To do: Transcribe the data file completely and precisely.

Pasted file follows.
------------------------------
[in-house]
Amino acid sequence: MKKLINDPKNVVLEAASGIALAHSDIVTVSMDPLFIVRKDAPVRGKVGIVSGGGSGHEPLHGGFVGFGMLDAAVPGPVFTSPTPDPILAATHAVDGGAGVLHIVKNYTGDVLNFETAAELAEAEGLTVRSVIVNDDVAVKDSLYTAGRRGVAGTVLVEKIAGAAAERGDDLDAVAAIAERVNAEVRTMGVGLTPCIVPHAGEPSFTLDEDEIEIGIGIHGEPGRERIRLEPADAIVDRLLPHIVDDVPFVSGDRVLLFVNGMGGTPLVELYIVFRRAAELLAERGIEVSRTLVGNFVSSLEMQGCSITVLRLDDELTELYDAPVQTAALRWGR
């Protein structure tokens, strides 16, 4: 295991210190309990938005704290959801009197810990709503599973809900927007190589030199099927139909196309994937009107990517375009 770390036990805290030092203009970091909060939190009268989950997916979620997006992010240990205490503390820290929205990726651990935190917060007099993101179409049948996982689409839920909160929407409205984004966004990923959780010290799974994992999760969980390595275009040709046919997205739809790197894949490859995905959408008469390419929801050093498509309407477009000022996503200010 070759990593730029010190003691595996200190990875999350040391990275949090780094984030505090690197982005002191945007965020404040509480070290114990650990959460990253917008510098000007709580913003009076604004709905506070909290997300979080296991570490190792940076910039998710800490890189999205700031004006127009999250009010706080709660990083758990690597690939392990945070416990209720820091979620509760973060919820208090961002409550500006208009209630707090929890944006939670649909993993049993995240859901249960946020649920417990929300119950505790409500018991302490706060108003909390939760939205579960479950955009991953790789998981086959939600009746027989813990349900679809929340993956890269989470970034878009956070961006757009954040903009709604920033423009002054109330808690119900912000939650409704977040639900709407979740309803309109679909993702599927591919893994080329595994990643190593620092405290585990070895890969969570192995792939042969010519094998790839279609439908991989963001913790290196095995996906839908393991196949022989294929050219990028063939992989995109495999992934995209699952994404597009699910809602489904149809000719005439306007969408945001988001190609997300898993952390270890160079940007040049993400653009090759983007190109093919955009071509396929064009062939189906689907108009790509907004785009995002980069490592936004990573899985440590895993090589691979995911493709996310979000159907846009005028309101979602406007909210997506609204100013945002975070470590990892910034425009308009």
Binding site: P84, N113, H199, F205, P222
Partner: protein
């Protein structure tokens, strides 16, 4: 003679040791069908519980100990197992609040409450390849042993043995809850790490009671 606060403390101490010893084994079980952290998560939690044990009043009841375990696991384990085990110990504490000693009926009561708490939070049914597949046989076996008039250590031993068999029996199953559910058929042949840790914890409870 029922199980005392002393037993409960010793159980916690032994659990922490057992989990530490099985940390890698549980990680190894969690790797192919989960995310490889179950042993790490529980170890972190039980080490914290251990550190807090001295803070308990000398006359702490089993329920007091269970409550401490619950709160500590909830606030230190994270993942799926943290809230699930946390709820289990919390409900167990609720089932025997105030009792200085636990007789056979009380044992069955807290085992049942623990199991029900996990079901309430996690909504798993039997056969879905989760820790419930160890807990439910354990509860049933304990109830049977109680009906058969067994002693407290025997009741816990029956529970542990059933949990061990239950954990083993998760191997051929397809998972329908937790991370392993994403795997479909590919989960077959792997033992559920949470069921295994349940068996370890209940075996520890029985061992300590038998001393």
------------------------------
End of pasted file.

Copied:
[in-house]
Amino acid sequence: MKKLINDPKNVVLEAASGIALAHSDIVTVSMDPLFIVRKDAPVRGKVGIVSGGGSGHEPLHGGFVGFGMLDAAVPGPVFTSPTPDPILAATHAVDGGAGVLHIVKNYTGDVLNFETAAELAEAEGLTVRSVIVNDDVAVKDSLYTAGRRGVAGTVLVEKIAGAAAERGDDLDAVAAIAERVNAEVRTMGVGLTPCIVPHAGEPSFTLDEDEIEIGIGIHGEPGRERIRLEPADAIVDRLLPHIVDDVPFVSGDRVLLFVNGMGGTPLVELYIVFRRAAELLAERGIEVSRTLVGNFVSSLEMQGCSITVLRLDDELTELYDAPVQTAALRWGR
């Protein structure tokens, strides 16, 4: 295991210190309990938005704290959801009197810990709503599973809900927007190589030199099927139909196309994937009107990517375009 770390036990805290030092203009970091909060939190009268989950997916979620997006992010240990205490503390820290929205990726651990935190917060007099993101179409049948996982689409839920909160929407409205984004966004990923959780010290799974994992999760969980390595275009040709046919997205739809790197894949490859995905959408008469390419929801050093498509309407477009000022996503200010 070759990593730029010190003691595996200190990875999350040391990275949090780094984030505090690197982005002191945007965020404040509480070290114990650990959460990253917008510098000007709580913003009076604004709905506070909290997300979080296991570490190792940076910039998710800490890189999205700031004006127009999250009010706080709660990083758990690597690939392990945070416990209720820091979620509760973060919820208090961002409550500006208009209630707090929890944006939670649909993993049993995240859901249960946020649920417990929300119950505790409500018991302490706060108003909390939760939205579960479950955009991953790789998981086959939600009746027989813990349900679809929340993956890269989470970034878009956070961006757009954040903009709604920033423009002054109330808690119900912000939650409704977040639900709407979740309803309109679909993702599927591919893994080329595994990643190593620092405290585990070895890969969570192995792939042969010519094998790839279609439908991989963001913790290196095995996906839908393991196949022989294929050219990028063939992989995109495999992934995209699952994404597009699910809602489904149809000719005439306007969408945001988001190609997300898993952390270890160079940007040049993400653009090759983007190109093919955009071509396929064009062939189906689907108009790509907004785009995002980069490592936004990573899985440590895993090589691979995911493709996310979000159907846009005028309101979602406007909210997506609204100013945002975070470590990892910034425009308009």
Binding site: P84, N113, H199, F205, P222
Partner: protein
């Protein structure tokens, strides 16, 4: 003679040791069908519980100990197992609040409450390849042993043995809850790490009671 606060403390101490010893084994079980952290998560939690044990009043009841375990696991384990085990110990504490000693009926009561708490939070049914597949046989076996008039250590031993068999029996199953559910058929042949840790914890409870 029922199980005392002393037993409960010793159980916690032994659990922490057992989990530490099985940390890698549980990680190894969690790797192919989960995310490889179950042993790490529980170890972190039980080490914290251990550190807090001295803070308990000398006359702490089993329920007091269970409550401490619950709160500590909830606030230190994270993942799926943290809230699930946390709820289990919390409900167990609720089932025997105030009792200085636990007789056979009380044992069955807290085992049942623990199991029900996990079901309430996690909504798993039997056969879905989760820790419930160890807990439910354990509860049933304990109830049977109680009906058969067994002693407290025997009741816990029956529970542990059933949990061990239950954990083993998760191997051929397809998972329908937790991370392993994403795997479909590919989960077959792997033992559920949470069921295994349940068996370890209940075996520890029985061992300590038998001393």